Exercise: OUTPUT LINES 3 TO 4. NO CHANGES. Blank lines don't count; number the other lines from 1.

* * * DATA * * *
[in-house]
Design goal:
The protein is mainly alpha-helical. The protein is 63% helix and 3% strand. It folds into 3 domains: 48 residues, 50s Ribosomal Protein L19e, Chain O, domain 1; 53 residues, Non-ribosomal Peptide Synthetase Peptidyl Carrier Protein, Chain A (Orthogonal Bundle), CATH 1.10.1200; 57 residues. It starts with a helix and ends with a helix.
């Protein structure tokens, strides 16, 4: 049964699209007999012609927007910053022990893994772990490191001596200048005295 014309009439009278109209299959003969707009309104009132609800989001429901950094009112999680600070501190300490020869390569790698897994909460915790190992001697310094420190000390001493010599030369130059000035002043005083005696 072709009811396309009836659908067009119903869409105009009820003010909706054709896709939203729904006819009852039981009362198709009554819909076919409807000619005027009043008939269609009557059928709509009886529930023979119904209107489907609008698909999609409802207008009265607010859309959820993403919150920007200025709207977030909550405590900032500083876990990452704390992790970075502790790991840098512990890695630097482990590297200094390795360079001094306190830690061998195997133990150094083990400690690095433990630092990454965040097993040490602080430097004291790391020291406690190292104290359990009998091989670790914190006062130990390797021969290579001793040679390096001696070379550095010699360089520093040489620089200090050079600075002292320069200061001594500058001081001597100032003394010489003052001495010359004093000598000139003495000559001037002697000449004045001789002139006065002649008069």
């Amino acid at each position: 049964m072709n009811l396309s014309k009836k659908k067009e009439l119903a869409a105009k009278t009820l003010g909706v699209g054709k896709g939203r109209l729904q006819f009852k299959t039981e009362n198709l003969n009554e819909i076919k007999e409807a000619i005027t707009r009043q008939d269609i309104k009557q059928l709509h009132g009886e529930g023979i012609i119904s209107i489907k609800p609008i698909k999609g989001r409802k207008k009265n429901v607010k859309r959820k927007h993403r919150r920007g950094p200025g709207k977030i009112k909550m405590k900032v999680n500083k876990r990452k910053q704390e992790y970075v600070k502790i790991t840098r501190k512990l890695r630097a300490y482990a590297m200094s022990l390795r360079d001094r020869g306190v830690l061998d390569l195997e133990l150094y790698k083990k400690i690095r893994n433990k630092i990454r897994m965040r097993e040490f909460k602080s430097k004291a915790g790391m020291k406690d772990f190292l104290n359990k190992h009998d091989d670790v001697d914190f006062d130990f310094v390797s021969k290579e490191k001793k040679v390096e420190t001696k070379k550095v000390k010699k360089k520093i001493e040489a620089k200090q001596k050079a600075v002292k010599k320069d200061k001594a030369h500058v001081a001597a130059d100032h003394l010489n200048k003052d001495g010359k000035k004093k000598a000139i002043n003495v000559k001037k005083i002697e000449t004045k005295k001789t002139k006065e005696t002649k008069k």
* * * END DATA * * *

The protein is mainly alpha-helical. The protein is 63% helix and 3% strand. It folds into 3 domains: 48 residues, 50s Ribosomal Protein L19e, Chain O, domain 1; 53 residues, Non-ribosomal Peptide Synthetase Peptidyl Carrier Protein, Chain A (Orthogonal Bundle), CATH 1.10.1200; 57 residues. It starts with a helix and ends with a helix.
């Protein structure tokens, strides 16, 4: 049964699209007999012609927007910053022990893994772990490191001596200048005295 014309009439009278109209299959003969707009309104009132609800989001429901950094009112999680600070501190300490020869390569790698897994909460915790190992001697310094420190000390001493010599030369130059000035002043005083005696 072709009811396309009836659908067009119903869409105009009820003010909706054709896709939203729904006819009852039981009362198709009554819909076919409807000619005027009043008939269609009557059928709509009886529930023979119904209107489907609008698909999609409802207008009265607010859309959820993403919150920007200025709207977030909550405590900032500083876990990452704390992790970075502790790991840098512990890695630097482990590297200094390795360079001094306190830690061998195997133990150094083990400690690095433990630092990454965040097993040490602080430097004291790391020291406690190292104290359990009998091989670790914190006062130990390797021969290579001793040679390096001696070379550095010699360089520093040489620089200090050079600075002292320069200061001594500058001081001597100032003394010489003052001495010359004093000598000139003495000559001037002697000449004045001789002139006065002649008069």